This week’s post about a recommended plugin is really a two-in-one… we’re also announcing a new, free plugin that should be useful to everyone. It’s a new two-factor authentication plugin that we’ve just released on wordpress.org.

Two factor authentication

What’s two-factor authentication (TFA)? Wikipedia’s article is here… but basically, it’s to do with securing your logins, so that there’s more than one link in the chain needing to be broken before an unwanted intruder can get in your website. By default, your WordPress accounts are protected by only one thing: your password. If that’s broken, then everything’s wide open.

Is this really important?

Rather than me blather on about this, just read this: http://www.wired.com/2012/08/apple-amazon-mat-honan-hacking/ Frighteningly easy for the attackers to erase his digital life, was it not?

WordPress solutions

There are various solutions on WordPress for securing your login. They’re all about lowering the percentages – minimising risk. Anything that lowers the percentage at all has some value. One that helps a lot is a previously recommended plugin, BruteProtect, which blocks any logins at all from known-to-be-bad IP addreses, using the power of the cloud. Others are in my personal view less useful – e.g. adding a captcha to your login form, or making the visitor answer a maths question. Every little helps, but some of these will only help until the attackers tool-up, and then you’re back to square one again.

To some extent, we’re always in an arms race. But genuine “two factor” security is about adding another layer entirely: not just inconvenience, not just the need to tool up, or attack from a new IP address, but something that the attacker can’t have. The most popular form of “two factor” is a security token of some sort (usually 6 numbers), that’s delivered to a device you have…. and which only lasts for a short amount of time (e.g. 30 seconds – after which, the device will display a new code). The only way then to log in legitimately whilst the plugin is active then becomes to physically get hold of the security token or mobile phone (as well as knowing the password).

We weren’t content with the existing solutions…

There are some decent two-factor WordPress plugins out there. We’ve used and recommended some. However, none of them hit all of the sweet spots that we wanted:

  • Protects the WooCommerce login form as well as the WordPress dashboard’s login form. (Plugins not supporting this form will fail in one of two ways: either effectively have no two-factor authentication, or will not allow anyone to log in).
  • Allow each user at a certain level (e.g. admin, editor, ordinary user) to decide for themselves whether to enable two-factor authentication.
  • Have a reasonably straighforward user interface
  • Allow the user to configure TFA on the front-end of the website – i.e. without them needing to be able to see the WordPress dashboard
  • Support standard protocols, allowing any TFA app to be used (e.g. Google Authenticator, Authy, or even… yes! … an app for my beloved Nokia).
  • Display graphical QR codes (i.e. codes that your phone can scan)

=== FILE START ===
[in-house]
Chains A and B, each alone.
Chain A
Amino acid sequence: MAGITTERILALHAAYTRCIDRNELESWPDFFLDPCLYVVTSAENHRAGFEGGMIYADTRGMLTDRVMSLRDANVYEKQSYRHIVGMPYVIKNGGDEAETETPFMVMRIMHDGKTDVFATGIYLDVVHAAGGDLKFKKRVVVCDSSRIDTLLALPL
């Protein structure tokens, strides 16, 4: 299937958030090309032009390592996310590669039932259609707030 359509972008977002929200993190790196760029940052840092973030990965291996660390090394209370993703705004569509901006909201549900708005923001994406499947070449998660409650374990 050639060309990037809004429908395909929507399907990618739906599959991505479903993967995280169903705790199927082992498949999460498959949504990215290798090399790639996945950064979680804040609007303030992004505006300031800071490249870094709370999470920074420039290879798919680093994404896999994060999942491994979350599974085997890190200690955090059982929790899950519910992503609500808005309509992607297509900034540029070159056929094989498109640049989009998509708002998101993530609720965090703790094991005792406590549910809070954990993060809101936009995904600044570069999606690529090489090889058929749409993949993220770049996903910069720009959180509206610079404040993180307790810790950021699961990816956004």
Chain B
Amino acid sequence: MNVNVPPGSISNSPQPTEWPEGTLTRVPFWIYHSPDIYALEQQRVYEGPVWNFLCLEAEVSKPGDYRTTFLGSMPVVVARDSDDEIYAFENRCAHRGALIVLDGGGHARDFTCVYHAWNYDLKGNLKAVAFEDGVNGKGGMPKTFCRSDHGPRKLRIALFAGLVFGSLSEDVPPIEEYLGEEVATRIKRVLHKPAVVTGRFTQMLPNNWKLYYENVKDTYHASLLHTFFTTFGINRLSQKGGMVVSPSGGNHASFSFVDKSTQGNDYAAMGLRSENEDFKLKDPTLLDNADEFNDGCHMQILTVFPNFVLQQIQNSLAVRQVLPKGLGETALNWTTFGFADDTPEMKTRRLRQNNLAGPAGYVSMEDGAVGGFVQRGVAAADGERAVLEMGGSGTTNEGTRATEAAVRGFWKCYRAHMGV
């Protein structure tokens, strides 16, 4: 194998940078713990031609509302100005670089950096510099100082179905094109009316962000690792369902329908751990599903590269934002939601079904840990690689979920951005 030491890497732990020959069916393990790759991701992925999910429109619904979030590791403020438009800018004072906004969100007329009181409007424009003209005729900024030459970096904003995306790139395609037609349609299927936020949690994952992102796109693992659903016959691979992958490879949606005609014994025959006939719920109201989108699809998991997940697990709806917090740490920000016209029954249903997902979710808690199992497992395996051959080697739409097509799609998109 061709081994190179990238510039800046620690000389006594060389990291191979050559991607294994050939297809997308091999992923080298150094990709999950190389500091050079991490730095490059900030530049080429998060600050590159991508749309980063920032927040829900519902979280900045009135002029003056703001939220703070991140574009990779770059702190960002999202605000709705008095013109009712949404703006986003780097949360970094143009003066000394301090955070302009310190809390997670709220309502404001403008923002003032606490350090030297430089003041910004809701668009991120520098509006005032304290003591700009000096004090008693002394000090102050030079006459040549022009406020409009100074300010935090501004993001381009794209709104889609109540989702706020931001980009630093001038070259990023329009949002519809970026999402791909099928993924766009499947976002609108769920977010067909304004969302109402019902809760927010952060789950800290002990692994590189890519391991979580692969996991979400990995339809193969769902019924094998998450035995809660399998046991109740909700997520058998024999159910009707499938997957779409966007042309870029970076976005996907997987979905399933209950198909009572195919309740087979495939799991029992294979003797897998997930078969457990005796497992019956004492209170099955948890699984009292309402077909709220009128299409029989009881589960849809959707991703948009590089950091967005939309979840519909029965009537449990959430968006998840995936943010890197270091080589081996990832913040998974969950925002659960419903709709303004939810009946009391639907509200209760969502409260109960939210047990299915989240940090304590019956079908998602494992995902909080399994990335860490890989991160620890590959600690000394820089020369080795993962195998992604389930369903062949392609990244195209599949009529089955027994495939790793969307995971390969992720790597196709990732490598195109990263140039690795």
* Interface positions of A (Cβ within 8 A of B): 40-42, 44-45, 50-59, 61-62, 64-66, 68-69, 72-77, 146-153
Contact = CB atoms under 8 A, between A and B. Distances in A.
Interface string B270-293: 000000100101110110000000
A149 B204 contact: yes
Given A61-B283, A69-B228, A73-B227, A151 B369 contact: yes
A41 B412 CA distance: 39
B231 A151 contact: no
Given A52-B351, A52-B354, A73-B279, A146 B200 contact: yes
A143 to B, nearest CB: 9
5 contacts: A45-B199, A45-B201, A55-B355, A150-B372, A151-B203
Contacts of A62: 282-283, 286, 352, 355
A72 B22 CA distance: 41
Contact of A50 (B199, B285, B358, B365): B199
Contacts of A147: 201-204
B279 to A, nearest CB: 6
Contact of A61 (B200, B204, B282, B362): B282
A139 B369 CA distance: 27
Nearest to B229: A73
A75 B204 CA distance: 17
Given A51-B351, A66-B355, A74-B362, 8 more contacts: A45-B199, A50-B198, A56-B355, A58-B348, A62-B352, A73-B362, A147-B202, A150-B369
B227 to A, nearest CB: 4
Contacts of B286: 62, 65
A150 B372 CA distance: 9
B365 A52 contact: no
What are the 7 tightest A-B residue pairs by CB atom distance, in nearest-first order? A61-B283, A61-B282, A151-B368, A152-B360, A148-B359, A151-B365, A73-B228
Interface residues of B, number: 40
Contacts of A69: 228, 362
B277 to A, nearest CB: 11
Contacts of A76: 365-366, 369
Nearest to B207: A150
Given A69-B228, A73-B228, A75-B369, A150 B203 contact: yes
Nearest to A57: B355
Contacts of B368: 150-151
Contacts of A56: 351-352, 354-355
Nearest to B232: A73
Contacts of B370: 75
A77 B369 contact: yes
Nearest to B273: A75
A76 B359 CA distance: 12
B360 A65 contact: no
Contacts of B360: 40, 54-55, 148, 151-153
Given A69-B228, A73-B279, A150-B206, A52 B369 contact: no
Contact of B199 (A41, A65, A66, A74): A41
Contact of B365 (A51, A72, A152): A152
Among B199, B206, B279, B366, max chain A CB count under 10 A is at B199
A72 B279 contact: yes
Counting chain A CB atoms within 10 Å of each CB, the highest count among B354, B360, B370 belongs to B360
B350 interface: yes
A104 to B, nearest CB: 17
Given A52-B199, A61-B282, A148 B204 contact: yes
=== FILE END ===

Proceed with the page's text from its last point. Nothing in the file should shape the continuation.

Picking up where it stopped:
• Have well-written code that follows WordPress standard practices (including security mechanisms). You’d be surprised how easy it is to find WP plugins for *security* that don’t do this. (Mistakes is one thing – we all make mistakes… but not using the mechanisms at all… that’s just nuts).

… so we made our own

So, what to do? Since this is WordPress, with the wonders of open source, we forked one that was decent enough, and made our own.

And here it is… “Two Factor Authentication”, free on the wordpress.org directory. We hope you like it – it’s just been launched. We recommend it to you all; there’s no good reason to not lock down your website, and in our view, TFA plus BruteProtect is the best straightforward way to do it in 2015.

Oh, and… you might by now have guessed where this is going. Two-factor authentication for customers will be coming to UpdraftPlus.Com!

David Anderson (founder, lead developer, UpdraftPlus).

Since yesterday, UpdraftPlus’s download counter at wordpress.org ticked over to two million. When we passed one million, we were the 51st plugin to do so; we’ve continued to accelerate, and are now the 30th plugin to reach 2,000,000. That’s a lot of backing up going on!

This feels great… but it gets better…

You may know that raw download numbers can be a bit misleading. They cover the plugin’s entire history, and depend not only upon popularity, but upon how often a plugin is updated. Every time someone updates, a fresh download is registered by wordpress.org. To provide more meaningful data on popularity, the WordPress repository recently began displaying information about numbers of active installations. We can now see, for example, that BuddyPress has a 30% higher download count than UpdraftPlus despite UpdraftPlus having around 3 times as many users.

These “active install” numbers are shown to 1 significant figure only. Yesterday, UpdraftPlus was showing 300,000+ . But, overnight, not only has UD’s download counter ticked over to 2,000,000, its “active installations” counter has now bumped up to 400,000+. UpdraftPlus is now unambiguously the #1 most installed WordPress backup plugin. (There was one other plugin that also was showing 300,000+, and still is).